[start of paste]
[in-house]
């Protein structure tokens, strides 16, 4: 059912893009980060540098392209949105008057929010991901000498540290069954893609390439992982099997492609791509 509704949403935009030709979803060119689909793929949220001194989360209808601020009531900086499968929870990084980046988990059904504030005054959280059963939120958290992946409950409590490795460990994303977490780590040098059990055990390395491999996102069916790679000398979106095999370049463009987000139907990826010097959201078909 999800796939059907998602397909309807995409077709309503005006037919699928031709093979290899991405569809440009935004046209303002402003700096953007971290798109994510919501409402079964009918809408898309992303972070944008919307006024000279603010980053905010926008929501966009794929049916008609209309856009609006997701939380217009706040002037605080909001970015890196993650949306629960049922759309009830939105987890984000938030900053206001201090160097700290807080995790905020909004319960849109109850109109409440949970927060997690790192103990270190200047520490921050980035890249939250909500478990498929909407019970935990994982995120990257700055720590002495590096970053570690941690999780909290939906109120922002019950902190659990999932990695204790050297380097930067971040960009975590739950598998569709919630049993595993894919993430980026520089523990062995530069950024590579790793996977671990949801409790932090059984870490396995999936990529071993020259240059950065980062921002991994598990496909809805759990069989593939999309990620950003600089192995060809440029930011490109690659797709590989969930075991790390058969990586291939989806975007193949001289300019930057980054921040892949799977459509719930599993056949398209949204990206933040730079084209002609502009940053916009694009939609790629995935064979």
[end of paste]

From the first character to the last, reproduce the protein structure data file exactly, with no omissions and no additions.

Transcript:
[in-house]
């Protein structure tokens, strides 16, 4: 059912893009980060540098392209949105008057929010991901000498540290069954893609390439992982099997492609791509 509704949403935009030709979803060119689909793929949220001194989360209808601020009531900086499968929870990084980046988990059904504030005054959280059963939120958290992946409950409590490795460990994303977490780590040098059990055990390395491999996102069916790679000398979106095999370049463009987000139907990826010097959201078909 999800796939059907998602397909309807995409077709309503005006037919699928031709093979290899991405569809440009935004046209303002402003700096953007971290798109994510919501409402079964009918809408898309992303972070944008919307006024000279603010980053905010926008929501966009794929049916008609209309856009609006997701939380217009706040002037605080909001970015890196993650949306629960049922759309009830939105987890984000938030900053206001201090160097700290807080995790905020909004319960849109109850109109409440949970927060997690790192103990270190200047520490921050980035890249939250909500478990498929909407019970935990994982995120990257700055720590002495590096970053570690941690999780909290939906109120922002019950902190659990999932990695204790050297380097930067971040960009975590739950598998569709919630049993595993894919993430980026520089523990062995530069950024590579790793996977671990949801409790932090059984870490396995999936990529071993020259240059950065980062921002991994598990496909809805759990069989593939999309990620950003600089192995060809440029930011490109690659797709590989969930075991790390058969990586291939989806975007193949001289300019930057980054921040892949799977459509719930599993056949398209949204990206933040730079084209002609502009940053916009694009939609790629995935064979």